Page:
Todd Collins could use a little rest and relaxation now that the Buffalo Bills' season is over.
"I think we all need a rest," Collins said. "When you've had a rocky road, it makes you want to get more rest than usual. I'm going to get away for a little bit."
After the season he endured, Collins' attitude is understandable.
As any Bills follower knows, Collins' first season as a starting quarterback was, in a word, disappointing. He finished 29th in the NFL passer ratings. He got worse as the season wore on. He failed to spot open receivers. He too often failed to connect with open receivers he did see. He rarely made plays on his own when his pass protection was less that adequate -- which was often.
He heard the team owner express deep reservations about his future. And he had the starting job taken away from him twice -- first in the ninth and 10th games of the season and then in the season-finale against Green Bay.
The benching for the final game was especially ominous for Collins' future. The game meant nothing to the Bills, and the team easily could have started Collins and had him share time with Alex Van Pelt. However, the coaches chose to deal another blow to Collins' standing on the team by sitting him in favor of Van Pelt, who it turns out was suffering from a serious shoulder injury.
The Bills' decision-makers refused to say they had given up on Collins. But their actions indicated they couldn't bear to see him start another game this year.
It's apparent the Bills are going to try to find another quarterback to bring in as the designated starter at training camp next season. Will Collins be back as a challenger for the job? That may depend on who else the Bills can find.
Collins said his status with the team is something he can't worry about.
"I'm not going to make that decision," Collins said about whether he will return. "I've got another year left on my contract and I'm looking forward to coming back. I have some things to work on. This was my first year starting, and obviously there's definitely room for improvement."
Collins is perplexed by the way his season went downhill.
After seven games, he had directed the Bills to a 4-3 record. Even though two of those wins were squeakers over the worst team in the league, Indianapolis, Collins had performed a bit better than expected.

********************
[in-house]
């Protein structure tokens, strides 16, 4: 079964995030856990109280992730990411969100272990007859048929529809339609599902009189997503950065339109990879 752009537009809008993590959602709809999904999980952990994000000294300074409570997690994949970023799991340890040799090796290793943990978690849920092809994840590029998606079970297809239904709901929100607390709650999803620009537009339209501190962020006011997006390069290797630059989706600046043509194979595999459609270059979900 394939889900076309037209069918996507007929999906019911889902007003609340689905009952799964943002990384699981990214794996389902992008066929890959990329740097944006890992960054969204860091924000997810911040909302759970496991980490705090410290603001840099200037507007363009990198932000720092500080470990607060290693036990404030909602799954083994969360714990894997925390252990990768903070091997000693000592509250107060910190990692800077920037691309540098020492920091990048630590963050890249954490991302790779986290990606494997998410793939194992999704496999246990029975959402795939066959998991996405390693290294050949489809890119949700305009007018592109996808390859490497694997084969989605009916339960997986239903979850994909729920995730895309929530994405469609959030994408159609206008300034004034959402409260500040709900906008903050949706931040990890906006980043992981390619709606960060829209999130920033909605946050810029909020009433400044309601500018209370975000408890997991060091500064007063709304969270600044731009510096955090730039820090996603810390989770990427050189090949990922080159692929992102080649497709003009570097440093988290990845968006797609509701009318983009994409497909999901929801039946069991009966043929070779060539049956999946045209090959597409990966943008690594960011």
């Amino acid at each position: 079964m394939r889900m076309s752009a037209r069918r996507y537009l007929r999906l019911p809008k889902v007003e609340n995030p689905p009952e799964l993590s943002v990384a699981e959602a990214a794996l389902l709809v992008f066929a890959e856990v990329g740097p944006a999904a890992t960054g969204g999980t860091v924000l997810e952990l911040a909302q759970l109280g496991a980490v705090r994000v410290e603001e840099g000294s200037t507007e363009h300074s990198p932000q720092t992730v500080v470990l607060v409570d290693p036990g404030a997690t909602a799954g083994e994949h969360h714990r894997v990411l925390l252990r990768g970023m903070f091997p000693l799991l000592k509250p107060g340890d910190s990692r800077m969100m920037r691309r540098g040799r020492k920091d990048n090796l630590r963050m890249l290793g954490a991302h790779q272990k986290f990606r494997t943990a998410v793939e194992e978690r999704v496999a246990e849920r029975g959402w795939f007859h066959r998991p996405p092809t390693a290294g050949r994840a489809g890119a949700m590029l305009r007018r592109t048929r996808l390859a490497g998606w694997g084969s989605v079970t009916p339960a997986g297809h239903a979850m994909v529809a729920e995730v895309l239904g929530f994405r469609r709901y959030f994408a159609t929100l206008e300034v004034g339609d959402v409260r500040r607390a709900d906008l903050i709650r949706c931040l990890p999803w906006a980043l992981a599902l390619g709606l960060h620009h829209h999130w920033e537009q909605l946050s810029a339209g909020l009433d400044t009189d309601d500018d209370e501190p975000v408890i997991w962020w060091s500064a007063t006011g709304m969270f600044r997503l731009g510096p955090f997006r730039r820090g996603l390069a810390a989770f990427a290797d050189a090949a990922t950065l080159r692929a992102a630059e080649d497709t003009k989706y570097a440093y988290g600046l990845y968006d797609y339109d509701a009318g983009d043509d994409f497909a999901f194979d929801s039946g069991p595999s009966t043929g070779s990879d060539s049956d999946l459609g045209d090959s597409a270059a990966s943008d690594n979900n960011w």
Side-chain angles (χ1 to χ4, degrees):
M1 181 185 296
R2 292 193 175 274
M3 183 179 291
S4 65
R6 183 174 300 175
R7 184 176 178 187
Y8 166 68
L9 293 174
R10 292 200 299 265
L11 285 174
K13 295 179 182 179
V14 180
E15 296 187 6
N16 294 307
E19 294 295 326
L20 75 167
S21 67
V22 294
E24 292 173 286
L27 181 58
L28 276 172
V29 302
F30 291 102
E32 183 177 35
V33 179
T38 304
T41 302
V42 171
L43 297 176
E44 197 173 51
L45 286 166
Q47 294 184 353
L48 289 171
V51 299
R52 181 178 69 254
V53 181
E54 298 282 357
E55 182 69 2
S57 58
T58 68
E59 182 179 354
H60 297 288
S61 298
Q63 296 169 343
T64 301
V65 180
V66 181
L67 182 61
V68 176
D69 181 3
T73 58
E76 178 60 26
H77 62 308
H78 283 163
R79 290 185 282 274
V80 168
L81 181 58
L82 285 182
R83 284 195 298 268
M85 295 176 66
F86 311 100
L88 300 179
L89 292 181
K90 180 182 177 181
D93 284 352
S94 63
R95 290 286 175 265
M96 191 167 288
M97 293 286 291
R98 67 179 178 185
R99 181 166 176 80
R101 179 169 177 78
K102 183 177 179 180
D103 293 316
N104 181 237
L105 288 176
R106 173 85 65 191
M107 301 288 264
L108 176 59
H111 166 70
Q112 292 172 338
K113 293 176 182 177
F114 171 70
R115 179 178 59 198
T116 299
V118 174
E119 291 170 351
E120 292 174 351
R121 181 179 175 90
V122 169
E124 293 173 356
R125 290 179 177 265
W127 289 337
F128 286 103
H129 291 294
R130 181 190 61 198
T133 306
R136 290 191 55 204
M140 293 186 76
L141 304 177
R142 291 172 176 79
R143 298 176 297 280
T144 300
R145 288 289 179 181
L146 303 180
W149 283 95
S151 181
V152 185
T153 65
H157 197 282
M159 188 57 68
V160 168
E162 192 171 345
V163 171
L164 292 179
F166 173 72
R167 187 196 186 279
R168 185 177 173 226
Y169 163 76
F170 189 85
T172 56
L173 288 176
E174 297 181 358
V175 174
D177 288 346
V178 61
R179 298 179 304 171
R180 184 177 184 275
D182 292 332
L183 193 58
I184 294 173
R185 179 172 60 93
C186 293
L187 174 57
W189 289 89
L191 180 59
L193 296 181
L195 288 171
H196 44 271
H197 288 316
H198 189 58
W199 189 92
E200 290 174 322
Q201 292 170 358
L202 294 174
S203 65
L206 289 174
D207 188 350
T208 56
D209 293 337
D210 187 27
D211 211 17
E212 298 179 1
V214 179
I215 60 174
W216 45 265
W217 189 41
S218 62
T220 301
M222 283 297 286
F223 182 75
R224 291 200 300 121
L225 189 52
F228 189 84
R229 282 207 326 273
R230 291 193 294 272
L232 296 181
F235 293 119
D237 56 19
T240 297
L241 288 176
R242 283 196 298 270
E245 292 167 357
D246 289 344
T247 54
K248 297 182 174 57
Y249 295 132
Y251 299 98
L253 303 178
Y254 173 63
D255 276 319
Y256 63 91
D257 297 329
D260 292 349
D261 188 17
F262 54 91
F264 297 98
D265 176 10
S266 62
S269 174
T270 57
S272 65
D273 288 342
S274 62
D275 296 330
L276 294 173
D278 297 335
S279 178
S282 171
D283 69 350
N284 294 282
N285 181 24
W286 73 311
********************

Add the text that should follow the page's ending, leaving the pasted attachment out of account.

"We did a pretty capable job through the first half of the season, not a perfect job by any means," Collins said. "I think it was going pretty much the way we expected. But after the Denver game (the eighth of the year), myself and the offense weren't as consistent, not that we were tearing it up the first half."
Accuracy was supposed to be one of Collins' strengths. However, he hit just 49 percent of his passes over his last seven games.
"I'm not big on stats, but I remember the first half of the season I was leading the AFC in completion percentage at 61 1/2 percent (through seven games)," Collins said.
"Since then it was obvious I wasn't as accurate. The frustrating part is sometimes you just don't know why.
"I don't know. There's a lot that goes into the passing game -- a lot. It's not just throwing the ball."
The best things about the 6-foot-5 Collins remain his size, his arm and -- if he can rediscover it -- his accuracy. The biggest questions remain the intangibles -- his poise, his feel for the game, his leadership ability.
"I still believe the tools are there," general manager John Butler said. "I know one thing, he's a very tough young man -- mentally and physically. (The jury) is still out."
Collins suffers from inevitable comparisons with his predecessor, Jim Kelly, because his personality is so unlike that of Kelly. Collins is laid back, understated. Kelly was brash and cocky.
Collins says doubts about his leadership ability come down to one thing -- winning.
"I think it all has to do with how successful you are. If you're winning and you have a fiery quarterback, all of a sudden everybody says that's what you need. You're winning because he's fiery. If you're a low-key guy and you're winning, people say, 'That guy's cool, he has poise about him. He doesn't get flustered.'
"But if you're losing, people say the fiery guy is crazy and needs to keep an even keel," Collins said. "And they say the low-key guy needs more fire. So the bottom line, I think, is results."
Collins is going to start the offseason by getting away from the questioning. He and teammates Ruben Brown and Tony Cline are going on safari to Africa in January. Then it will be wait-and-see time for Collins.
"I hope to be back," he said. "I like it here. I like living around here. I don't know what's going to happen as far as offensive personnel moves. I can't worry about it. I have no control over it."